A visiting UK lawmaker on Saturday voiced support for Taiwan’s participation in the International Civil Aviation Organization (ICAO) Assembly, saying that political considerations should not get in the way of global aviation safety.
Nigel Evans, a member of the UK House of Commons and cochair of the British-Taiwanese All-Party Parliamentary Group, said “it is incredibly regrettable” that Taiwan was not invited to attend the year’s assembly.
The ICAO is a UN specialized agency responsible for establishing worldwide aviation policies. The session of the ICAO’s 39th assembly, which is being held at its headquarters in Montreal, started on Tuesday last week and runs through Friday.
The assembly, the ICAO’s sovereign body, meets once every three years to establish worldwide aviation policies for the following three years.
Despite its efforts to participate in this year’s ICAO assembly, Taiwan — which is not an ICAO member — was not invited to the event. It is widely believed that this was due to objections from Beijing.
Evans said that he was “greatly disappointed” that Taiwan is not being represented at the ongoing ICAO conference in Canada.
He said that the UK, France, Germany and the US all supported Taiwan’s participation in the ICAO.
“It is incredibly regrettable” that the ICAO has decided not to invite Taiwan, he said.
Asked how the UK parliament would help Taiwan with its ICAO bid, he said he will be raising the issue of Taiwan’s participation in the ICAO with British Secretary of State for Transport Chris Grayling.
Evans, who was leading a British parliamentary delegation to Taiwan from Monday last week to yesterday, said he wants to know why Taiwan was not invited this year.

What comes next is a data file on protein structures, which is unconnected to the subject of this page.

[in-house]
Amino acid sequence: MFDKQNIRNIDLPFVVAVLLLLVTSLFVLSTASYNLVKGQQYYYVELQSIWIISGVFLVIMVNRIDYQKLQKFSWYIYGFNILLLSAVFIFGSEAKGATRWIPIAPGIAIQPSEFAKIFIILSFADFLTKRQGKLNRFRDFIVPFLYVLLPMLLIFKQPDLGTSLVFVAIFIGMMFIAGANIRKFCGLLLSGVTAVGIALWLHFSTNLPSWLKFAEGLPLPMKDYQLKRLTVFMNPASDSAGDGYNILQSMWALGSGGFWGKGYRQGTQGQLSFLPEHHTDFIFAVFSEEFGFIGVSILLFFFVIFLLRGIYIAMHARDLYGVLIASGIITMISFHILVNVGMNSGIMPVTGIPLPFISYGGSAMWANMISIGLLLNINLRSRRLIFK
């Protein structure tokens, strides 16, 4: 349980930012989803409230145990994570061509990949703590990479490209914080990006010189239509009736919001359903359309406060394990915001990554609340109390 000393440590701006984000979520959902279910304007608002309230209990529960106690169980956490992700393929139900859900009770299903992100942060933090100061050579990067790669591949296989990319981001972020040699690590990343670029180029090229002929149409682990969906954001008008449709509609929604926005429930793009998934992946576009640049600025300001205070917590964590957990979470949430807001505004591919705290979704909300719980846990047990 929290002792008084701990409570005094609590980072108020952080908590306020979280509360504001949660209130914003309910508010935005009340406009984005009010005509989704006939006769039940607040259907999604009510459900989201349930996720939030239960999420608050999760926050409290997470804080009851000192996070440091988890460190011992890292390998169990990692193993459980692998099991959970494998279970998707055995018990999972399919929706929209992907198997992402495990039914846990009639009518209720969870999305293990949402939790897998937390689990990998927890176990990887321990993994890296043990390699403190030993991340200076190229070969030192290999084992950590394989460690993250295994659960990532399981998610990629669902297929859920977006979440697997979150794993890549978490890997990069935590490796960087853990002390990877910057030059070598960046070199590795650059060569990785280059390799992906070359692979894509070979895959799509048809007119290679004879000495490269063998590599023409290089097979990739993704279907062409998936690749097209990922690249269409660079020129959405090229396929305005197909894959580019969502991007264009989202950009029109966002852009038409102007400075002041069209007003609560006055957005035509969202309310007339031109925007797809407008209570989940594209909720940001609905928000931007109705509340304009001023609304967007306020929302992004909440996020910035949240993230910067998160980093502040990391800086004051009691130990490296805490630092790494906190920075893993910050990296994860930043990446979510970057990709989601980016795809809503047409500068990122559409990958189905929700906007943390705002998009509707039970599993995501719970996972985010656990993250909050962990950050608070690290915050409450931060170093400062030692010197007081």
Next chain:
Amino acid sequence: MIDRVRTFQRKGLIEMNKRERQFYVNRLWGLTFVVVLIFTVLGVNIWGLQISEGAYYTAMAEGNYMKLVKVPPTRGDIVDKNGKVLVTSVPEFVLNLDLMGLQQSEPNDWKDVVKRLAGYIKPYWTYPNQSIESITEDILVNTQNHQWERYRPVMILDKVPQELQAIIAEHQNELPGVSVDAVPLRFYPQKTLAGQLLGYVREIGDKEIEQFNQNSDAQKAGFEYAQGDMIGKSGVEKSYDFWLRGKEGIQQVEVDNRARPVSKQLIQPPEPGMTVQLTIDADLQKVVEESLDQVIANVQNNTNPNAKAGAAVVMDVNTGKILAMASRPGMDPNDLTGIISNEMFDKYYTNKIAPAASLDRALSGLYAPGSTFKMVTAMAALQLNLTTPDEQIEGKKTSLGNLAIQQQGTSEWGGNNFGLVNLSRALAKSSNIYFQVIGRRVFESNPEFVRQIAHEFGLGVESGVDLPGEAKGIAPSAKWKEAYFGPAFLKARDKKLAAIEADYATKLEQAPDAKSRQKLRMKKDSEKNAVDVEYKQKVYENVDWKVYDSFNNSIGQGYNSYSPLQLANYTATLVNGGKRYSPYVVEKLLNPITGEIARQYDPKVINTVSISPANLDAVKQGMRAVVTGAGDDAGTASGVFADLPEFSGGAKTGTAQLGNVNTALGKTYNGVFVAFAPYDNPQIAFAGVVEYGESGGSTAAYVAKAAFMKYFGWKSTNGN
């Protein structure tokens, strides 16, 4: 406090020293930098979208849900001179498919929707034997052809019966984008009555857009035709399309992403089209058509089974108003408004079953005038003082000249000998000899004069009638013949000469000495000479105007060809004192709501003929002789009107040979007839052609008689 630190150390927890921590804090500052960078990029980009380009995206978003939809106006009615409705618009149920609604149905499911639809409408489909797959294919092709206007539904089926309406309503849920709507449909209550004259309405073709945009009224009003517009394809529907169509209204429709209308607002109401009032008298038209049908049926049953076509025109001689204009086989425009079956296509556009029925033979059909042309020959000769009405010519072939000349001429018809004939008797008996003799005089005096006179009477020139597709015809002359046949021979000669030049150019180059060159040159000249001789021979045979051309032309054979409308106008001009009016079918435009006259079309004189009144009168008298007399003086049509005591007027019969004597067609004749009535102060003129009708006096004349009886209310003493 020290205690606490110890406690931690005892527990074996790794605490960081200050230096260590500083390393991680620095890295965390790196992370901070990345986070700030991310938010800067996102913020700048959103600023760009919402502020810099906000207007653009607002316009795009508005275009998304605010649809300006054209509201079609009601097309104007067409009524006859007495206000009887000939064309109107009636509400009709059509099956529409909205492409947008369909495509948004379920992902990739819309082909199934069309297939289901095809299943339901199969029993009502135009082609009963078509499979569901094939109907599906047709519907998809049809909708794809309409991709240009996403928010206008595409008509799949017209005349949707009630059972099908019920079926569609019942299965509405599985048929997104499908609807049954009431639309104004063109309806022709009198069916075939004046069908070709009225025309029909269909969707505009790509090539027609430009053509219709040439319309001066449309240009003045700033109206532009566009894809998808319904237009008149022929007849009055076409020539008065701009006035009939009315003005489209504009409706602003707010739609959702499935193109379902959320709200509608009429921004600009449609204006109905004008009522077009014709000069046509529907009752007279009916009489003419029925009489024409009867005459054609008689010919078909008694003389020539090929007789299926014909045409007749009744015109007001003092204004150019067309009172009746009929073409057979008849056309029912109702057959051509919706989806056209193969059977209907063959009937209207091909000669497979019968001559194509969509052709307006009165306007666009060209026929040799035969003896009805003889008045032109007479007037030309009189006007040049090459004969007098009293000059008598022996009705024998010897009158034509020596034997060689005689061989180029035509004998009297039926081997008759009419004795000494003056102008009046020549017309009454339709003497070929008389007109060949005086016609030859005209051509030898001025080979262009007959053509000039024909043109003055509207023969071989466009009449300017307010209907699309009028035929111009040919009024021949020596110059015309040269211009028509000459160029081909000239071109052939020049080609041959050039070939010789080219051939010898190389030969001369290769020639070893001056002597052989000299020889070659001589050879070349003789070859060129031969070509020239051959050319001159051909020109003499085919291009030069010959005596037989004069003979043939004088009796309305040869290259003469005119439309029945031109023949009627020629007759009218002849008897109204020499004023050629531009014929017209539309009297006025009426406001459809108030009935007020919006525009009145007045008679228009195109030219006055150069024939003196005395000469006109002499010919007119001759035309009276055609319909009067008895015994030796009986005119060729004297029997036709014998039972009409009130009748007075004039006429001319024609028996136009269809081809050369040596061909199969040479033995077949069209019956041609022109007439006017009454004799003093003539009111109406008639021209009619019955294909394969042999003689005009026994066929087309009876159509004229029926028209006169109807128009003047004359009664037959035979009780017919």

A big question would be what is the difference between this year and 2013, when Taiwan was invited to attend the assembly, he said.
In his view, the only difference would be that there are “far more aircraft and passengers” flying into and through Taiwan’s airspace than in 2013, he said.
“It is more important today than it was three years ago that Taiwan participates in this aviation conference,” he said.
Just days before the assembly opened, Taiwan expressed regret that it had not been invited to attend this year’s meeting.
It is widely believed that China, one of the ICAO’s 191 members, blocked Taiwan’s attendance at the assembly because its Democratic Progressive Party government has refused to recognize the so-called “1992 consensus.”
The “1992 consensus” refers to a tacit understanding between the Chinese Nationalist Party (KMT) and Beijing that both sides of the Taiwan Strait acknowledge that there is “one China,” with each side having its own interpretation of what “China” means. Former Mainland Affairs Council chairman Su Chi (蘇起) said in 2006 that he had made up the term in 2000.
Evans said that “any artificial political considerations” should not be allowed to get in the way of efforts to maintain aviation safety around the world.
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